MEXICO CITY — Mexico’s top electoral court yesterday threw out leftists’ claims of massive fraud in last month’s presidential election, almost certainly handing victory to conservative candidate Felipe Calderon.
The seven judges voted unanimously to reject most of the legal complaints by left-wing candidate Andres Manuel Lopez Obrador, who said he was robbed of victory in the July 2 vote.
The judges, whose rulings are final and cannot be appealed, must declare a president-elect by Sept. 6.
Mr. Lopez Obrador reacted in outrage, calling on supporters to reject Mr. Calderon as president.
“Never more will we accept that an illegal and illegitimate government is installed in our country,” he told thousands gathered in Mexico City’s central plaza, the Associated Press reported.
Mr. Lopez Obrador’s supporters have paralyzed Mexico City with protests this month, and he has vowed to make the country ungovernable if the court declares Mr. Calderon the winner of the most bitterly contested election in Mexico’s modern history.
Mr. Calderon said he would not be rattled by protests. “I will assume my role as president if that’s what the court decides,” he said during an event for businesswomen. “I won’t let something that’s been decided by all the citizens be undermined by a few in a violent way.”
The initial result showed that Mr. Calderon, a former energy minister from the ruling National Action Party, won the election by 244,000 votes, or 0.58 of a percentage point.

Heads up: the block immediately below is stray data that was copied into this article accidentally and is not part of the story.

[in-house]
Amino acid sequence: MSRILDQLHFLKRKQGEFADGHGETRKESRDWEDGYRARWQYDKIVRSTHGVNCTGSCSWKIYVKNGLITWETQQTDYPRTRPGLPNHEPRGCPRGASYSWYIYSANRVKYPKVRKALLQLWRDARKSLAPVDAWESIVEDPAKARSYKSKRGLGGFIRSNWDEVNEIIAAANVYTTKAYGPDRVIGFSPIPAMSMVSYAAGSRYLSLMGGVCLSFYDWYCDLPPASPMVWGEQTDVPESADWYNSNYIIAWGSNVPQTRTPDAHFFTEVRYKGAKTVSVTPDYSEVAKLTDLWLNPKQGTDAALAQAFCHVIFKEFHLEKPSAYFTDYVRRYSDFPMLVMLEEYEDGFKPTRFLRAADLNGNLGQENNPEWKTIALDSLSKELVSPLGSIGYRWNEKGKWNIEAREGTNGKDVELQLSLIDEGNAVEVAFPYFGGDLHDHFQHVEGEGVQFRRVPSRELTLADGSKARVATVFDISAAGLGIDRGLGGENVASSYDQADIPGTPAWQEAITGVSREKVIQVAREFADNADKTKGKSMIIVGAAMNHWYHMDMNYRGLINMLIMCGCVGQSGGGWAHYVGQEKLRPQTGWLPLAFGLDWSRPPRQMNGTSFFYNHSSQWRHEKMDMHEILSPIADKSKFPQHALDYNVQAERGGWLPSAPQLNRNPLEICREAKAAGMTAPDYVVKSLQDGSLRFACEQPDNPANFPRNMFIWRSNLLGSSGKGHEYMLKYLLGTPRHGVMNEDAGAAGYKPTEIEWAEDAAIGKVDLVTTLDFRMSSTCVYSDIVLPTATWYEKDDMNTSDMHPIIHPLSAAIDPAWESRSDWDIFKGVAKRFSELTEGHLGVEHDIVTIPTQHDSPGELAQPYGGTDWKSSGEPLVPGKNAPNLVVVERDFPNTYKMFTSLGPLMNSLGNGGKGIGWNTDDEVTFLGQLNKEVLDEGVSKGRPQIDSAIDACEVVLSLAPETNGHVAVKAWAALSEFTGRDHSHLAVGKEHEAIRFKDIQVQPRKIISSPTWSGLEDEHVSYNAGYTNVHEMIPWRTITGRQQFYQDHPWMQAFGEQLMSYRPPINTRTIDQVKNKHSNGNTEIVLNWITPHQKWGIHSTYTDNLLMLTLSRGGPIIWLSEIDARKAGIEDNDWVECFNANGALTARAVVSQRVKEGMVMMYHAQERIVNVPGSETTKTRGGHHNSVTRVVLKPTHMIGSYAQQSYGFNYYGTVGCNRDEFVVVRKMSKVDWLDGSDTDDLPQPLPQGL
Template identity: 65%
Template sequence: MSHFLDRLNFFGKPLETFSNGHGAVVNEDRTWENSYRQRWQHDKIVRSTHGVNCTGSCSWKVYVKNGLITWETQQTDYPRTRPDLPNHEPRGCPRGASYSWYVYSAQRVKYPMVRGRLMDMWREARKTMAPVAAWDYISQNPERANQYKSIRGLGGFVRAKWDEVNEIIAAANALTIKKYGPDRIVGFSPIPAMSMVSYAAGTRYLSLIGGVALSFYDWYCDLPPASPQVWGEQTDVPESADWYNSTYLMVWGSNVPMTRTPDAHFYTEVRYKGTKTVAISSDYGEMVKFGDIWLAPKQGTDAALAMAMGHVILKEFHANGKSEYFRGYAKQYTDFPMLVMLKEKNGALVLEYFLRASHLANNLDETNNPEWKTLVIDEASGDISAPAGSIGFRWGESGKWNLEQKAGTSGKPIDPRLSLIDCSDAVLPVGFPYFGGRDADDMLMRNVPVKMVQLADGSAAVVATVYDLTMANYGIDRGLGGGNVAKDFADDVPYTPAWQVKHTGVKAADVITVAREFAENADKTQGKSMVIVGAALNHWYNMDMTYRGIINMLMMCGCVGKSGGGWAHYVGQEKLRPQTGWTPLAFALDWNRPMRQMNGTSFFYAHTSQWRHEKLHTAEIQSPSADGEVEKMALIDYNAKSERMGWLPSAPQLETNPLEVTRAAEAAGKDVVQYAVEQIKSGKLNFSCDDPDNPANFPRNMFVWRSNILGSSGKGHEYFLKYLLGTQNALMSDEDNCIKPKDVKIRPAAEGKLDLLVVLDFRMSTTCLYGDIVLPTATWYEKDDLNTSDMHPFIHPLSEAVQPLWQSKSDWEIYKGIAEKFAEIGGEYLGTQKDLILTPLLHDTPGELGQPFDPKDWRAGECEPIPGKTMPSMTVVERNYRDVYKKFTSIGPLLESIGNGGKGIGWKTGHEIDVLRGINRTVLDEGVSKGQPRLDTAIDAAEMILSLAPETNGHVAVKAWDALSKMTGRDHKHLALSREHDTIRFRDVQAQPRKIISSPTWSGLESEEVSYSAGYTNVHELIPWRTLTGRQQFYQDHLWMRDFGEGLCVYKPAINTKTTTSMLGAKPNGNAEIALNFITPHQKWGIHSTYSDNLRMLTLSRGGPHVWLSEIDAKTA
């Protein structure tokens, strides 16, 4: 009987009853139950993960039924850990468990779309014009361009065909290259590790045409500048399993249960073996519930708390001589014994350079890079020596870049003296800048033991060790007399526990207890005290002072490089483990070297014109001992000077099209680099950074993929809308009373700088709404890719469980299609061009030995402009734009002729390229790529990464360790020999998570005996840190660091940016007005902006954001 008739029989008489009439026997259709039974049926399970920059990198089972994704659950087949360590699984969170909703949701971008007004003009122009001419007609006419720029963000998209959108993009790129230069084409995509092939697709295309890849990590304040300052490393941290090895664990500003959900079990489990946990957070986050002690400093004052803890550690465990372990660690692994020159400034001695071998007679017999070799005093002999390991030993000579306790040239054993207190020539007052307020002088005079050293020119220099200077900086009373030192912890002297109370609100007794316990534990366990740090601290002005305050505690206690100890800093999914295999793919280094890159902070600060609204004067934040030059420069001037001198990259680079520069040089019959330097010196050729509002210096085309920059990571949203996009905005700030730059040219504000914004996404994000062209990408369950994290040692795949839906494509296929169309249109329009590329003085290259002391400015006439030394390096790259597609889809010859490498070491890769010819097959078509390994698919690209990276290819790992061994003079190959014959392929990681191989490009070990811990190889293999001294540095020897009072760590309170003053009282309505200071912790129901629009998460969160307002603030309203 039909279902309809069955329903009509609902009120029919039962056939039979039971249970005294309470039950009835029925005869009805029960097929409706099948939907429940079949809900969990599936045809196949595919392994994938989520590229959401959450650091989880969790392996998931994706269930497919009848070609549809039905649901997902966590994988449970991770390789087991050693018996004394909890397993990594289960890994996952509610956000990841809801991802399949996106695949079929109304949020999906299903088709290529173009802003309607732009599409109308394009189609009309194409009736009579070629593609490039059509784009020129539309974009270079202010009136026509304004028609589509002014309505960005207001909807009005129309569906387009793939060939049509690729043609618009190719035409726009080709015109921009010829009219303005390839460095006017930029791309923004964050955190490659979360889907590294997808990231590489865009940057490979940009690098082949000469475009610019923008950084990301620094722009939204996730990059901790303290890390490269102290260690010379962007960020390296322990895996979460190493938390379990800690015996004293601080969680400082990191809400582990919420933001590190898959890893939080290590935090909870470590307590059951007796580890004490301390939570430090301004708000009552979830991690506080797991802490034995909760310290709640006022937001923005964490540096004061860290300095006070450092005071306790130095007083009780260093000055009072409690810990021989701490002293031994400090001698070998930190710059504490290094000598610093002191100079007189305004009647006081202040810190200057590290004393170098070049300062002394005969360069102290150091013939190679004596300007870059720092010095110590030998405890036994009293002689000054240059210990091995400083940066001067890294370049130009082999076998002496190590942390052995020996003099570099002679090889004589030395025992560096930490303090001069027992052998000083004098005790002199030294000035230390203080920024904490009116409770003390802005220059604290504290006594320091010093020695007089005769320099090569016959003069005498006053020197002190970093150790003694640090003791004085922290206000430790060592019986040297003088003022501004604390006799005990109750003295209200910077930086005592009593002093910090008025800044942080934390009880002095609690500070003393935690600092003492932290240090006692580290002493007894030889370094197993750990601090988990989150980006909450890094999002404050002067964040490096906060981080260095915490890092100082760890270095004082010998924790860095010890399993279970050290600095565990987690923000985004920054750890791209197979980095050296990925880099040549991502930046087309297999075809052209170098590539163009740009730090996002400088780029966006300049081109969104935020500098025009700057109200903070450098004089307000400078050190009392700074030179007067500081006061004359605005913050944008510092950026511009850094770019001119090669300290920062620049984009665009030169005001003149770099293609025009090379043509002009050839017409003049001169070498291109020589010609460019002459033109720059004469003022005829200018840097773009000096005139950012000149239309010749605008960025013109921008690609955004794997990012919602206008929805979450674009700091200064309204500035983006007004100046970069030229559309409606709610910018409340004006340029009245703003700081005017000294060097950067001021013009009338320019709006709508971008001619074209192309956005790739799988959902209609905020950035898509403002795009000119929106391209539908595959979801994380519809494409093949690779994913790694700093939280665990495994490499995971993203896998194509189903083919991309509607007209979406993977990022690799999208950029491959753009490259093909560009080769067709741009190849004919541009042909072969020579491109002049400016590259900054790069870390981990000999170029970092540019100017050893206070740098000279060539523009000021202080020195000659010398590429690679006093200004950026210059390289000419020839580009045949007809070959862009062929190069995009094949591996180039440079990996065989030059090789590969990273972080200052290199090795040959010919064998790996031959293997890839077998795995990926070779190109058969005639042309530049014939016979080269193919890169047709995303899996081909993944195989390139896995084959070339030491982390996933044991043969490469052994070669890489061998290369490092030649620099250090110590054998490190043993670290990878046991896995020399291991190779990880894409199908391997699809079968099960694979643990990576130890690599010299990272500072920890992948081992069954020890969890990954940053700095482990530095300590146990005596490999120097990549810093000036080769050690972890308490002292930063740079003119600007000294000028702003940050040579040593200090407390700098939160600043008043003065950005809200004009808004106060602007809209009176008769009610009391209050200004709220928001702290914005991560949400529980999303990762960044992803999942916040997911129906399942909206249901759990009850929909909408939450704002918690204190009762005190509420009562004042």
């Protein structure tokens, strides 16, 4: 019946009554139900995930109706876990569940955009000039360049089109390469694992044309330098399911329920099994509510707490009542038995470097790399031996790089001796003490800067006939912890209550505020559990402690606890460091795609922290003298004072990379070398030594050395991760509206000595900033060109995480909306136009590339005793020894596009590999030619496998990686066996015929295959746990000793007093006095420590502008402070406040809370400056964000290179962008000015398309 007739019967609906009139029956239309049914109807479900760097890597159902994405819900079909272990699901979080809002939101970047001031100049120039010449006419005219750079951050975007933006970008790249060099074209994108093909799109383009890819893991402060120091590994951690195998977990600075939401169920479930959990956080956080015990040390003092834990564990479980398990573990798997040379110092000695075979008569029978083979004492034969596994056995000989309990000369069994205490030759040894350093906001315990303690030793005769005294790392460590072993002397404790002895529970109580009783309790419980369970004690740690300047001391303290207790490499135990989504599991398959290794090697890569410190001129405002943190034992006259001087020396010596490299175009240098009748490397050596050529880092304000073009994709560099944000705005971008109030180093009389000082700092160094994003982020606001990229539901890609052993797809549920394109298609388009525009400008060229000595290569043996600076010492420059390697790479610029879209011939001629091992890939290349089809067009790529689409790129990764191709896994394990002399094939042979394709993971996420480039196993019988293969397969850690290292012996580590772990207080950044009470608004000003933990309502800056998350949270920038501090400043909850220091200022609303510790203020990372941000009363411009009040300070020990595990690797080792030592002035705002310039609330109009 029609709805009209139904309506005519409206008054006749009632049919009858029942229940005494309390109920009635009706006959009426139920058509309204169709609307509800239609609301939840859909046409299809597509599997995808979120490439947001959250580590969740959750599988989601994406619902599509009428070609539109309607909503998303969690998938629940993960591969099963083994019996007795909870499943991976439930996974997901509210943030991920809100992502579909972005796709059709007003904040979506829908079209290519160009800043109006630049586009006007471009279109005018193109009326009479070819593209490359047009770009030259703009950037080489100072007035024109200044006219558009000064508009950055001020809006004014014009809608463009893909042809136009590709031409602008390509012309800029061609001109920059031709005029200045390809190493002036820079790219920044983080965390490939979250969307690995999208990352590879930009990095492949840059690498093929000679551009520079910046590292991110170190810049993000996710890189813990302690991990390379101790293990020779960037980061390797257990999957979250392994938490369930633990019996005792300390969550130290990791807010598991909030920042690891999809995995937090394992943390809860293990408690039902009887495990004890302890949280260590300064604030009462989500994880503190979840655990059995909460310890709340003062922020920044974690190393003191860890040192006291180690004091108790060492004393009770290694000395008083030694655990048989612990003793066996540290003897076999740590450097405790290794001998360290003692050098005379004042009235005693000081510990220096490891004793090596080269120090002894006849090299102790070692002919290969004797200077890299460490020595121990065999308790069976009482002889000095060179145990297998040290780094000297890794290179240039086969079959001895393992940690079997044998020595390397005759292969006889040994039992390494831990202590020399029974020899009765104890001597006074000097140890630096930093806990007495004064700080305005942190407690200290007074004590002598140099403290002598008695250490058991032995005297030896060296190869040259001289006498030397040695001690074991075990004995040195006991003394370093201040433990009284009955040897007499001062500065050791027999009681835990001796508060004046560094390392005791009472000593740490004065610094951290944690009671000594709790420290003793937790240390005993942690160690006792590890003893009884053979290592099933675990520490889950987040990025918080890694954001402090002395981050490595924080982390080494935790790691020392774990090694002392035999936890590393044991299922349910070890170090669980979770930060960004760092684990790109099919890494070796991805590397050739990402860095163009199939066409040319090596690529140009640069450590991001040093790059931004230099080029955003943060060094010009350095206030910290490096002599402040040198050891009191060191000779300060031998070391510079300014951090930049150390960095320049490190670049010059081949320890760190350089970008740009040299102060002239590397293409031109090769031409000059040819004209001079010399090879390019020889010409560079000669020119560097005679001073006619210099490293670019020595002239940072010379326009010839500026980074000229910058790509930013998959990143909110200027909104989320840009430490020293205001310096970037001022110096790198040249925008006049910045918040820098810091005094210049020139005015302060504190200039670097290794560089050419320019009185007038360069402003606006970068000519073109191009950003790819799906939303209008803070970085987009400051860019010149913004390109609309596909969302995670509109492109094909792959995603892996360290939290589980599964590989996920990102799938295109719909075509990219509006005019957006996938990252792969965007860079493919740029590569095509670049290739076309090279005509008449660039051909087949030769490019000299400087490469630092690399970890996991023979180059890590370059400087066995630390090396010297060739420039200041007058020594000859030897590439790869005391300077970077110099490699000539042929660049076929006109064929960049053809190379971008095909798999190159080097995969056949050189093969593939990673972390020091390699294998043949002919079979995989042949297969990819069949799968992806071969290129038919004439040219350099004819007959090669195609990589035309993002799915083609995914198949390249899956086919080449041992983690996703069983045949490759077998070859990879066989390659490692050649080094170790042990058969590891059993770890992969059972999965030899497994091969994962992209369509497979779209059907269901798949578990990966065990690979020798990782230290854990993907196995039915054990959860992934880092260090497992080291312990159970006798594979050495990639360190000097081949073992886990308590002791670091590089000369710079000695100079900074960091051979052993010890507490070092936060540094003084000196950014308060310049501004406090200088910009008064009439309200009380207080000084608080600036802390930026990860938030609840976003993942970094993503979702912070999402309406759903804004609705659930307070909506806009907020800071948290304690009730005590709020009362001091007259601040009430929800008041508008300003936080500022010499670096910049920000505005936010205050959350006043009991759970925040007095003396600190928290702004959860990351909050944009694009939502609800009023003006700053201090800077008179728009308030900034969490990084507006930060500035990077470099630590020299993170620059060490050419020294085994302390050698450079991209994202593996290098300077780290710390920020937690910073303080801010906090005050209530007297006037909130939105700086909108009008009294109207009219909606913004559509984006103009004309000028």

The judges fell short of formally naming Mr. Calderon the winner, but they said there were only marginal changes to the original results after recounts and annulments at some of the most fiercely contested polling stations.
Leonel Castillo, president of the election tribunal, said Mr. Lopez Obrador’s charges of huge fraud “turned out to be completely unfounded.”
The court annulled results from scores of polling stations after a partial recount this month because of irregularities, but there was no sign of huge fraud, the judges said.
“We can tell people that today their votes were worth something and that they are definitive,” said another judge, Fernando Ojesto, adding that the court would rule on the election’s validity and give a final vote count in coming days.
The Mexican peso rose 0.85 percent to 10.88 per dollar as investors were convinced that pro-business Mr. Calderon would take over from President Vicente Fox on Dec. 1.
Mr. Calderon would be a U.S. ally, counterbalancing the influence of leftists in the region such as Venezuelan President Hugo Chavez, a foe of Washington.
The election split Mexico between left and right and is the most serious challenge to its democracy since Mr. Fox’s election victory six years ago, which ended seven decades of one-party rule.